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Baseball payroll struggles
Report says Detroit, Tampa Bay had to borrow money to pay players last month.
July 12, 2002: 9:03 AM EDT

NEW YORK (CNN/Money) - Two baseball teams had to get bank loans to help them make recent payroll payments to players, according to a published report.

The New York Times reported Friday that the teams, the Tampa Bay Devil Rays and the Detroit Tigers, had to borrow money to make the June 15 payroll payments, and that the Tigers also faced questions about making the July 15 payroll before making arrangements.

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The report comes as baseball faces the next round of negotiations with the Major League Baseball Players Association, which is weighing whether to call a strike before the end of the season. Its last strike in 1994 and 1995 led the cancellation of the World Series.

Baseball has claimed it is seeing widespread losses, with 25 of the 30 teams losing money. Management negotiators are seeking greater sharing of local revenue, such as ticket and television money, between high-revenue and low-revenue teams, as well as provisions that would serve as a curb on player salaries.

The players union has questioned the seriousness of the financial problems and wants something much closer to the status quo in the new contract.

The paper quotes officials from the teams saying they had met their payrolls and believed they would not have problems meeting future payrolls, and it quotes Major League Baseball's Chief Operating Officer Bob DuPuy as saying, "I believe any issues with regard to meeting expenses currently have been resolved and that there's no immediate problem for any team." DuPuy did not identify the teams that had faced problems.

Besides negotiations with the players on a new contract, Major League Baseball is moving ahead with plans to try to disband two teams before the start of next season. It attempted to close two teams this season but was blocked by the courts. An arbitrator is expected to rule Monday on the union's challenge to the contraction plan.

The Times report said the teams got the bank financing they needed by presenting a letter from Commissioner Bud Selig that he was going to release money from Major League Baseball's central fund, and then borrowing against those future payments. That fund holds revenue due to each team in the league from league-wide resources, such as marketing and national television contracts.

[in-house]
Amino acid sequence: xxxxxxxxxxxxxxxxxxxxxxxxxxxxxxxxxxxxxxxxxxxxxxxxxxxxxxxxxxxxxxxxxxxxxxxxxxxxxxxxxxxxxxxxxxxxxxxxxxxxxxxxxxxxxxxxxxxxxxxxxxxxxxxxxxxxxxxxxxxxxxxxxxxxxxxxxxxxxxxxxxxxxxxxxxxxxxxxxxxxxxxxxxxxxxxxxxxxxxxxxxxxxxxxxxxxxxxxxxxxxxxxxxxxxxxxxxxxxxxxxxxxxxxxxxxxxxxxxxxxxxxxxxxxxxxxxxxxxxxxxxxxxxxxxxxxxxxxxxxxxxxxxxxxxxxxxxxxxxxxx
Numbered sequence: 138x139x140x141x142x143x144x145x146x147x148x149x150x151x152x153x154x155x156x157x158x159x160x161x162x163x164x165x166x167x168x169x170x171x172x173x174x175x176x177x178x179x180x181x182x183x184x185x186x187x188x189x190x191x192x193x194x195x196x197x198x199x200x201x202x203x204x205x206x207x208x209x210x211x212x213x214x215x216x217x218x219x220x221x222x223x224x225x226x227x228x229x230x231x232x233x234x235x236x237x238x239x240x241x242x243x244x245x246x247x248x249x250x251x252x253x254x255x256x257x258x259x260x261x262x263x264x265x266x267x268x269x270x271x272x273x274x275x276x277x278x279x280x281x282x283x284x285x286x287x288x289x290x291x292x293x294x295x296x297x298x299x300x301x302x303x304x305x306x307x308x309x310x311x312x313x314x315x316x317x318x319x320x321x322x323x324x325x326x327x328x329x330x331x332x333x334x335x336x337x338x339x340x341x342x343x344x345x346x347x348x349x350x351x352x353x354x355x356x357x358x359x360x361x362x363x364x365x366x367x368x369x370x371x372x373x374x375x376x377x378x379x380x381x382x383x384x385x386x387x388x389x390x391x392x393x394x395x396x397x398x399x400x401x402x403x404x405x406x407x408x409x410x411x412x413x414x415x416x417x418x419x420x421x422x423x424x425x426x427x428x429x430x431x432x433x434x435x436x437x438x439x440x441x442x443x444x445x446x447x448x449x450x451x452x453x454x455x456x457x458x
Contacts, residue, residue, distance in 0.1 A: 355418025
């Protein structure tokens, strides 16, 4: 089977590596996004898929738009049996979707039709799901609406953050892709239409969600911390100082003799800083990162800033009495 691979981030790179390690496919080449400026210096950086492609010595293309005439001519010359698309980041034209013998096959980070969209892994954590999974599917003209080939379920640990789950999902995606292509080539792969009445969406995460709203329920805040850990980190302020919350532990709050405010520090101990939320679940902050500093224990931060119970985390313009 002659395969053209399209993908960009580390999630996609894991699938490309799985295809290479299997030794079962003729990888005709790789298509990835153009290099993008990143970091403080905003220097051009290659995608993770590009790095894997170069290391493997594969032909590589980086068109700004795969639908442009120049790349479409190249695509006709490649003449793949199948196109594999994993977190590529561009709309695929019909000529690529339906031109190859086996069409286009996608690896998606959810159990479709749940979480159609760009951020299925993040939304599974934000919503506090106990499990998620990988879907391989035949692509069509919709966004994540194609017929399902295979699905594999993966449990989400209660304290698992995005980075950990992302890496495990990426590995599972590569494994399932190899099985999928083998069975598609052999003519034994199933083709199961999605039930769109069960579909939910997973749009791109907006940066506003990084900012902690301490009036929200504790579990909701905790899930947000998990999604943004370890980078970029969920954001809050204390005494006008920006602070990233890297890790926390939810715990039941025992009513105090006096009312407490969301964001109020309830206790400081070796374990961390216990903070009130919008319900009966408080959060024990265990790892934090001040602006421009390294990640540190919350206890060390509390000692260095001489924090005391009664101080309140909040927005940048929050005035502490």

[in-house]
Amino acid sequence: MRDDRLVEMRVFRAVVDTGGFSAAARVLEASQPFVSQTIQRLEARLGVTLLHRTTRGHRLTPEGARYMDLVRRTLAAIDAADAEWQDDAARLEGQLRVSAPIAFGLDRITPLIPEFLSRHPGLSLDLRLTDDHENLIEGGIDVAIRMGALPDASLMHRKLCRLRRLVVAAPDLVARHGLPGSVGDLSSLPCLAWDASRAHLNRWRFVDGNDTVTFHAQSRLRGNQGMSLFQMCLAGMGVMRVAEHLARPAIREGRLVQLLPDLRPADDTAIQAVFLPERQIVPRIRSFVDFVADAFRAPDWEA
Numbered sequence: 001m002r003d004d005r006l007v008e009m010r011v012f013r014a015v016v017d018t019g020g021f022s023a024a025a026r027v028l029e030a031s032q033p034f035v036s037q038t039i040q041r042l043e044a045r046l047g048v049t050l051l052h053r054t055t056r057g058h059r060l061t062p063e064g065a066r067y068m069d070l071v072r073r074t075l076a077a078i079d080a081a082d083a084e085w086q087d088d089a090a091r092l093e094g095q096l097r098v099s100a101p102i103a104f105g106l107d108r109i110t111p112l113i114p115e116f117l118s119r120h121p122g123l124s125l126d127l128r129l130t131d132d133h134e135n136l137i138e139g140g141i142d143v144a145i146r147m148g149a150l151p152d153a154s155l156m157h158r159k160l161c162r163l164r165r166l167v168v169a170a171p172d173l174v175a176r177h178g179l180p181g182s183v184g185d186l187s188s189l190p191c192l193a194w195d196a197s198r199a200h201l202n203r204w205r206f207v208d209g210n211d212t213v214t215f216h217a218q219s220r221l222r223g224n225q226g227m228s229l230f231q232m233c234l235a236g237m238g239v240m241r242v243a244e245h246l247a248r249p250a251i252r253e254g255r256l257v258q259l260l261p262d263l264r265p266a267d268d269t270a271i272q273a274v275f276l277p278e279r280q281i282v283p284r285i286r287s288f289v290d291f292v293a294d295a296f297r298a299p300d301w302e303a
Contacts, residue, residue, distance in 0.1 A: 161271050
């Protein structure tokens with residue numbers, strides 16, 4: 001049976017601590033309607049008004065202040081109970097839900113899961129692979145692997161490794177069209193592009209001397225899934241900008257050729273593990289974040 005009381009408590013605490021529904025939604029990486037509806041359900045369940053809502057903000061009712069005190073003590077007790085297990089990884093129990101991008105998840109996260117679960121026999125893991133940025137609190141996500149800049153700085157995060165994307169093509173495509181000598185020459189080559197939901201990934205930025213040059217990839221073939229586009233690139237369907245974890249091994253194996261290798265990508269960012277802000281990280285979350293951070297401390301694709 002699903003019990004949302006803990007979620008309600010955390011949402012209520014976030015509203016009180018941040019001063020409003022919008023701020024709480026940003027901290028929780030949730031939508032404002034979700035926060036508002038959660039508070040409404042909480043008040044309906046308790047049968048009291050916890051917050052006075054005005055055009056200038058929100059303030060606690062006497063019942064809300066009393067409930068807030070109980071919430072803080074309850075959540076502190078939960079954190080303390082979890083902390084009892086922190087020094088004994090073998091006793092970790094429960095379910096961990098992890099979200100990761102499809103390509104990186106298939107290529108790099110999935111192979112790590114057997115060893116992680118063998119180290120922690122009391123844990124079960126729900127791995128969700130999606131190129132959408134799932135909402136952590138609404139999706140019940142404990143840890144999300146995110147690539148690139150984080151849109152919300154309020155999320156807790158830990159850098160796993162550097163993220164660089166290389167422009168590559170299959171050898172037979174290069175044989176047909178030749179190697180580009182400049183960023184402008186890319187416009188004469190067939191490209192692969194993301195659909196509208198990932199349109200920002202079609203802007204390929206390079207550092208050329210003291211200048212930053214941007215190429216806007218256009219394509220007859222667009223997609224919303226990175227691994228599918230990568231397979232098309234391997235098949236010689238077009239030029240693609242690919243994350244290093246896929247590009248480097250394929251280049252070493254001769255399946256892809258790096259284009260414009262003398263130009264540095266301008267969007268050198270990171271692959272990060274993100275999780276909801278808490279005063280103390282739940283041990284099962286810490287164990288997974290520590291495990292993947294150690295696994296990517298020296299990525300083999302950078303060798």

While baseball has not released the size of the funds, its financial numbers suggest it went into this season with hundreds of millions of dollars in it. A top major league official confirmed to CNN/Money in December that the fund does hold $200 million to $300 million at different times.

Selig has expressed concern about debt levels in baseball, which he has estimated have reached $3 billion, although his figure includes the value of future payments due on long-term player contracts, not just bank debt.

Figures released by Major League Baseball after the end of last season shows the Tigers, which plays in a new stadium, as taking the largest hit from interest payments in the league, with interest payments causing a $16.4 million swing from an operating profit before interest of $5.7 million to a loss from operations of $10.7 million.

Tampa Bay, an expansion team that joined the league in 1998, had the sixth-largest swing in results due to interest payments and it would have lost $10.5 million before interest payments and posted a $17.9 million loss after interest, according to the league's figures. Its overall operating loss was the sixth largest in the league, and the worst of the so-called small-market teams. The five teams with larger losses were all large revenue teams that had among the league's largest payrolls.

This year both the Devil Rays and the Tigers are in last place in their divisions, and are near the bottom of the majors in terms of both attendance and team payroll.

The Tigers have seen average home attendance fall 21.6 percent from last year and 38 percent from 2000, its first season in a new ballpark. Its only sellout was on opening day. The team's payroll was estimated to be $55.0 million, 20th of the major's 30 teams. The Tigers recently traded their top pitcher to the league's richest team, the New York Yankees, for a number of minor league prospects with low pay.

Tampa Bay hasn't seen a home sellout this season. It was already last in the American League and second to last in the majors in attendance last season. Its opening day payroll was estimated at $34.4 million, the lowest in the majors.  Top of page






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Market indexes are shown in real time, except for the DJIA, which is delayed by two minutes. All times are ET. Disclaimer Morningstar: © 2014 Morningstar, Inc. All Rights Reserved. Disclaimer The Dow Jones IndexesSM are proprietary to and distributed by Dow Jones & Company, Inc. and have been licensed for use. All content of the Dow Jones IndexesSM © 2014 is proprietary to Dow Jones & Company, Inc. Chicago Mercantile Association. The market data is the property of Chicago Mercantile Exchange Inc. and its licensors. All rights reserved. FactSet Research Systems Inc. 2014. All rights reserved. Most stock quote data provided by BATS.